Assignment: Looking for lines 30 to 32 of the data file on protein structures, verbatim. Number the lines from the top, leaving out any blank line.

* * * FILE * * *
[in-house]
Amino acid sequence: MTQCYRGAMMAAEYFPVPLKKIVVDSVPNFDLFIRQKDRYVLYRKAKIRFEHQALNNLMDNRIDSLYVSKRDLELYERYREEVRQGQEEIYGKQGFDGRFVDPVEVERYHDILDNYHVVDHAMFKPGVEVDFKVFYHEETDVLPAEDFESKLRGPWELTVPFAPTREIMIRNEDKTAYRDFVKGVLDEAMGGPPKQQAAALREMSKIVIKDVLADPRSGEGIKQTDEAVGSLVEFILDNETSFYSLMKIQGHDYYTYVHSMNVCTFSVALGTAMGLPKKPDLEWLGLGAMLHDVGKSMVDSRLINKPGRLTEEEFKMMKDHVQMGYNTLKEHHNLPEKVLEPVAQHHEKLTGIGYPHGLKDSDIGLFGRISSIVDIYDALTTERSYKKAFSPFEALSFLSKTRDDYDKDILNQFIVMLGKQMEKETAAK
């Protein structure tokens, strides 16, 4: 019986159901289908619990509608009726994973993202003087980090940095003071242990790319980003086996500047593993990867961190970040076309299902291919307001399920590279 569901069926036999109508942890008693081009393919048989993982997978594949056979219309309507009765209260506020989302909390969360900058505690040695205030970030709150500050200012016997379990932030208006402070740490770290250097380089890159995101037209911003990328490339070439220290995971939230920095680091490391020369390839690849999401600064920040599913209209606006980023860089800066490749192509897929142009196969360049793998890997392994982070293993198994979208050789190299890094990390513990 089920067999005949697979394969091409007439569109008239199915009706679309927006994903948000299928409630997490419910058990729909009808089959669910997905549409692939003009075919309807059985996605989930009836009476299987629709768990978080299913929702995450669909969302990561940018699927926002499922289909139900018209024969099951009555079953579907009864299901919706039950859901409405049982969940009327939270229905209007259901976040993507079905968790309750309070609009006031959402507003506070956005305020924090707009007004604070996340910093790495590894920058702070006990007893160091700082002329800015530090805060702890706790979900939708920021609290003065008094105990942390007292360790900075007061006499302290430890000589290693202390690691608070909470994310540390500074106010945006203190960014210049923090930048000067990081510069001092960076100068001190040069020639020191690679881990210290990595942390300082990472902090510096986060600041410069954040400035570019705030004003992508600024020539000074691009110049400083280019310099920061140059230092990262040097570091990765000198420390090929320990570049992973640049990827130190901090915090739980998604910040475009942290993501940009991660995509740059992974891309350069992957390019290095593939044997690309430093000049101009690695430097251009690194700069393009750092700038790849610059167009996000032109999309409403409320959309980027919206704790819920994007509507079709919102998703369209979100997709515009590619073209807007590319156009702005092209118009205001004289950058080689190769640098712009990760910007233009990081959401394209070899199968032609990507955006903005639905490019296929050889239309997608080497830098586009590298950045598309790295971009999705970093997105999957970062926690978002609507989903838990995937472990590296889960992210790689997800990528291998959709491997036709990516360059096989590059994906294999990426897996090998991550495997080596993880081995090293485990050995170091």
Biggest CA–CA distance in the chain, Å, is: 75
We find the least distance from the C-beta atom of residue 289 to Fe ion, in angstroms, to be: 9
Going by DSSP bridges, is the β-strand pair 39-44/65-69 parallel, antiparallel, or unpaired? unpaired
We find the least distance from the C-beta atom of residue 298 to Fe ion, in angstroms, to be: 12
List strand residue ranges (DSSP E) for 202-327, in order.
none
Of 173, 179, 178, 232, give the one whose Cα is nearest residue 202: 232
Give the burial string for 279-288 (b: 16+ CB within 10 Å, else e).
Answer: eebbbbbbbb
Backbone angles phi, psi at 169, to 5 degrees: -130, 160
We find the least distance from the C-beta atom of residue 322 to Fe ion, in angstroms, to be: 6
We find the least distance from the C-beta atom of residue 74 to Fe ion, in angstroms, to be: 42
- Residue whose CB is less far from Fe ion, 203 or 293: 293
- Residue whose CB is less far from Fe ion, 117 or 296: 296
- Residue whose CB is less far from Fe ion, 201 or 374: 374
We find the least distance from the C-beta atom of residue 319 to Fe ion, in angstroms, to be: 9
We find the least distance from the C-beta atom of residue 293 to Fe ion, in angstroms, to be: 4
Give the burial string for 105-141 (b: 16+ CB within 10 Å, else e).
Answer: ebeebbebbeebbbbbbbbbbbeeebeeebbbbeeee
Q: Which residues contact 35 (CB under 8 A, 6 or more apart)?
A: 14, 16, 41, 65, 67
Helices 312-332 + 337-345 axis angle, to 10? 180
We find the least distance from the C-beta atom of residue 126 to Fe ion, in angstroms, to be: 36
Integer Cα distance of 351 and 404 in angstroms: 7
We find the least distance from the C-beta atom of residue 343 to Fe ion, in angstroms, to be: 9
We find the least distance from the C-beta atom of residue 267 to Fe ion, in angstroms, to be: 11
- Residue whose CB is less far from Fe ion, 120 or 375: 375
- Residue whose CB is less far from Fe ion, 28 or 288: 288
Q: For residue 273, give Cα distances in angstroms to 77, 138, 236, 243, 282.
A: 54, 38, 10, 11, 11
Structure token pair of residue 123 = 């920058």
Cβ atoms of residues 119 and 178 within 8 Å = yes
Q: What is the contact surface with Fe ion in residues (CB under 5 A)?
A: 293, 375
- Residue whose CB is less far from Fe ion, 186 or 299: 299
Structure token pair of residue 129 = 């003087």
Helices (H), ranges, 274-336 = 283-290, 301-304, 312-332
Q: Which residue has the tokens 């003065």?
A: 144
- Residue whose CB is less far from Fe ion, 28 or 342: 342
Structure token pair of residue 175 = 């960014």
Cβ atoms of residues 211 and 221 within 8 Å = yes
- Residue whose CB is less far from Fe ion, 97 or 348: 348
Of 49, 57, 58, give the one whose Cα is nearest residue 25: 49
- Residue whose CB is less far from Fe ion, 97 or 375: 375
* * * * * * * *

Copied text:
- Residue whose CB is less far from Fe ion, 120 or 375: 375
- Residue whose CB is less far from Fe ion, 28 or 288: 288
Q: For residue 273, give Cα distances in angstroms to 77, 138, 236, 243, 282.